How to write short stories

That isn’t a statement it’s a question. If you are reading this for advice sorry I don’t have a clue. I have written one short story for a competition. I enjoyed writing it, there was a word limit so easy to know how long it should be. I showed it to my writer friend who was less than complimentary about it. I did a bit or re-writing but then lost my nerve and didn’t send it off. I still have it I suppose there is always next year.

I now have six outlines for short stories but I haven’t mustered the nerve to write them yet. I know they need the same elements of a novel and have to contain character development, conflict, mystery and twists but in a more condensed form. I have read some brilliant ones in blogs, some just 20 words long. Reading those has made me even more scarred to have a go myself.
Next weekend I shall put my best chin forward (I have more than one) and hold my best leg up (the veins are shot) and write one of them. Any tips and advice before that momentous event would be greatly appreciated.
quill

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30 thoughts on “How to write short stories

  1. First off, relax and take a deep breath. Some have been writing for a long time and have tons of practice time under their belts. Second, like any skill, Writing takes practice and learning to acquire the tools necessary to be good at it. Third, find a rhythm that works for you and run with it. You’ll be much happier in the long run and you’ll show improvement.

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  2. I’m similarly lacking in knowledge about how to do it, so all I can offer is moral support. Maybe you could analyze some of the ones you enjoyed and see if there are common elements (other than the character development, conflict and mystery that you already mentioned, of course).

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  3. No advice really.. just a thought – these competitions are not a measure of your writing abilities or your worth as a writer. Most of the times these competitions run with their own agendas, the judges have their own notions of good writing and bad writing. In the end, it is just too deflating when you see the winner is some fancy-pants “marketable” person. So give it a try, but don’t get too excited about it 🙂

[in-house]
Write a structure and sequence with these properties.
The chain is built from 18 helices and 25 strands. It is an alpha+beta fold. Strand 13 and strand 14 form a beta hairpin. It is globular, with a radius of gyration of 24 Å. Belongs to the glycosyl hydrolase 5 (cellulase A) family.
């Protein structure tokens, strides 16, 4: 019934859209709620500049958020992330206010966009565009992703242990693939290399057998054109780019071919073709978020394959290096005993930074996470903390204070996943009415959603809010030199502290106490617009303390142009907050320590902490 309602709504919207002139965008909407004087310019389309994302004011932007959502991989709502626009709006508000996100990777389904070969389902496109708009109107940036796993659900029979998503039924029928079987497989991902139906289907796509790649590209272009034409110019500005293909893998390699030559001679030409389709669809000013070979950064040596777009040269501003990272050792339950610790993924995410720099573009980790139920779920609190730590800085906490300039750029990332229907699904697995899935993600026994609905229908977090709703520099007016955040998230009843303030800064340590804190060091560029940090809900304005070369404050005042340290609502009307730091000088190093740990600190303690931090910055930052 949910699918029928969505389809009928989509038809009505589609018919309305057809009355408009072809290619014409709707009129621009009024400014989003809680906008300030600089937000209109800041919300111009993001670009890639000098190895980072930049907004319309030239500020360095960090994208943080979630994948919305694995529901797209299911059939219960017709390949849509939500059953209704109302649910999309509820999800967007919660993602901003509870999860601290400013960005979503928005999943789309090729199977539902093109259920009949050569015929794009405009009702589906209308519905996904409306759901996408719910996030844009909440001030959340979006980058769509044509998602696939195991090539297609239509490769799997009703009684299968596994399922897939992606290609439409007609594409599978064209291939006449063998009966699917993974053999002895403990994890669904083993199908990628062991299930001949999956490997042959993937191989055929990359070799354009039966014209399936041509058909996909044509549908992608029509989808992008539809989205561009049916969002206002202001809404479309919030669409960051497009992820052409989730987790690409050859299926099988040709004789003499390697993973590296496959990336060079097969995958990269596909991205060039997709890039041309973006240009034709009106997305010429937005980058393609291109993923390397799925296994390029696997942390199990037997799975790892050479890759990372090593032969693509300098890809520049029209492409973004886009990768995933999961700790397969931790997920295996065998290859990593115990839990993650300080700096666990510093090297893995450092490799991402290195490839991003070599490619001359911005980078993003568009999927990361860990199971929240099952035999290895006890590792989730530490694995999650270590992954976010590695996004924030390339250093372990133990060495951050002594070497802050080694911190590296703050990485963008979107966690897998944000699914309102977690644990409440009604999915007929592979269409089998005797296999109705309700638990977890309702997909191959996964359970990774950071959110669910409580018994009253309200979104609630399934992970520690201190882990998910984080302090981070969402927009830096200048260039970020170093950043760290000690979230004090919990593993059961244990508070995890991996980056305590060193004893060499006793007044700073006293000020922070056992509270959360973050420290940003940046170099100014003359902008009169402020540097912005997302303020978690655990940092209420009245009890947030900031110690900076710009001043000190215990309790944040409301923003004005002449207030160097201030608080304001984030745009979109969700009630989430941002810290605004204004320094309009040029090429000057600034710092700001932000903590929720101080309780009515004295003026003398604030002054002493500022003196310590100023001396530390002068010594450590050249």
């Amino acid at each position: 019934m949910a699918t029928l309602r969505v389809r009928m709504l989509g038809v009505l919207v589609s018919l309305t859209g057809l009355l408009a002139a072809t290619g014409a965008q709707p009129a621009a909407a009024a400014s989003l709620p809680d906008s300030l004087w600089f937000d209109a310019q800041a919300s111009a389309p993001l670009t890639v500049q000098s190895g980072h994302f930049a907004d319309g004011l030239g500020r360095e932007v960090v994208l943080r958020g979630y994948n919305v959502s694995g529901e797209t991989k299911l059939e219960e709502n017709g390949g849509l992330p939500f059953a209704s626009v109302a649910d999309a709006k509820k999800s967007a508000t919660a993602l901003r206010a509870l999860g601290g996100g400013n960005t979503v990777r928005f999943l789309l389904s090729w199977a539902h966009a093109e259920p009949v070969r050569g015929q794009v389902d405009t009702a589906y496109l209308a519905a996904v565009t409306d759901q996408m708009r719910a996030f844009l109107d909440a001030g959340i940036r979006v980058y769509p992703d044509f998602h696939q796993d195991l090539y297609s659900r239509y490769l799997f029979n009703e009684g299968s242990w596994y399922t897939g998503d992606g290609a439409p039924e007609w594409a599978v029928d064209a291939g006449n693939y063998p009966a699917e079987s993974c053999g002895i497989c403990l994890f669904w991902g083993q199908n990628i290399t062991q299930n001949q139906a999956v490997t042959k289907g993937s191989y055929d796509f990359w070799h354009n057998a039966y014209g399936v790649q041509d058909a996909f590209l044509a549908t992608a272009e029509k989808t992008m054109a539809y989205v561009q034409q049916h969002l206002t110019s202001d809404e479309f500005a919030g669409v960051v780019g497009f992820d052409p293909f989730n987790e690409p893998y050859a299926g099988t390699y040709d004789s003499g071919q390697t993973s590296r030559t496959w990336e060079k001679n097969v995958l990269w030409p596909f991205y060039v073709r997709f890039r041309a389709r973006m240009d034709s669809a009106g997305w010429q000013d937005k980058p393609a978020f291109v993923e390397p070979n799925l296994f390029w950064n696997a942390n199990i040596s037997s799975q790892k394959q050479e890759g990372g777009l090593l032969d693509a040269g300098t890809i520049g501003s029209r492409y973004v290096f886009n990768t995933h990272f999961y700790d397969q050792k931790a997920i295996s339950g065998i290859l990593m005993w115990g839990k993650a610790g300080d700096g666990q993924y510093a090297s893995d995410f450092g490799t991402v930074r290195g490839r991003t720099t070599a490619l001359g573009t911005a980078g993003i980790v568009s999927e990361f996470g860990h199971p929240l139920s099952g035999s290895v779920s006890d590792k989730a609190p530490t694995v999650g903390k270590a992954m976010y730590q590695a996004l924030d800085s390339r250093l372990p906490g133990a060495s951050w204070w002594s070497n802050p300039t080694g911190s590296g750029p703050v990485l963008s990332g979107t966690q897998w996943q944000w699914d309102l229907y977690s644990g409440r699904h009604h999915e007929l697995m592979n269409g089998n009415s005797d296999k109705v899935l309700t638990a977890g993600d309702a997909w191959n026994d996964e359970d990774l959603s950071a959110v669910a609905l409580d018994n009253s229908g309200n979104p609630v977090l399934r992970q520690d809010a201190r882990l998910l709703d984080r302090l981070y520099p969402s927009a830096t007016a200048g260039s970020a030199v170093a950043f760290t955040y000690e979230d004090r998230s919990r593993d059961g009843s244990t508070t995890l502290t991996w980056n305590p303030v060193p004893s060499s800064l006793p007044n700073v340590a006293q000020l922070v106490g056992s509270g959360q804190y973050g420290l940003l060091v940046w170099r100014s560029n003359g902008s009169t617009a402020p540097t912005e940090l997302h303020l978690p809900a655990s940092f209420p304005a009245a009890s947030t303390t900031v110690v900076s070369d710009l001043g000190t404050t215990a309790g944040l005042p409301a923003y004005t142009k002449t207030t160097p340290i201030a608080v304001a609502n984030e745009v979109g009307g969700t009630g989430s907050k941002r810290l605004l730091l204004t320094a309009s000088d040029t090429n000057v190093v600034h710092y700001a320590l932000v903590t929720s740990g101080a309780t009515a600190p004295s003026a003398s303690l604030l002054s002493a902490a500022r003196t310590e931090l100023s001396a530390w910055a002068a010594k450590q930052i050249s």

I would love to read the story, Eric.. willing to share it?? Hehehe, but I guess you’d probably be wary of my criticism too 🙂

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  4. I don’t know what advice to give, I feel rather comfortable writing short stories and flash fiction.
    Maybe you want to join in a few events that train you? There is blog battle every Tuesday you can post a story including the word given and then everyone votes for their favourite (you can vote without participating), one time I participated in flash fiction for aspiring writers you get between 100-175 words and it is fun!

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  5. Actually, short stories are not the same as novels. The characters don’t have a story arc in the short format. They remain unchanged at the end. In novels they should change or develop in some way as an integral part of the story. The short story doesn’t even need a plot as such. Just an incident will do.

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  6. Short stories are not the same as novels. The characters do not have an arc. They remain unchanged at the end of the piece whereas in a novel a character must develop or change or the story is unsatisfying. Likewise short stories don’t need a plot with twists, conflict etc. An incident will do. Trying to make a short story like a condensed novel might be where you’re struggling. They are different art forms.

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  7. Short story’s are just that Eric, short story’s, a beginning, a middle and an end with a punchline that sells the story.
    I’m leaving for Chile South America on the 20th December and returning late February, so will take this moment to wish you a Beautiful Christmas and a great New Year.
    Cheers.

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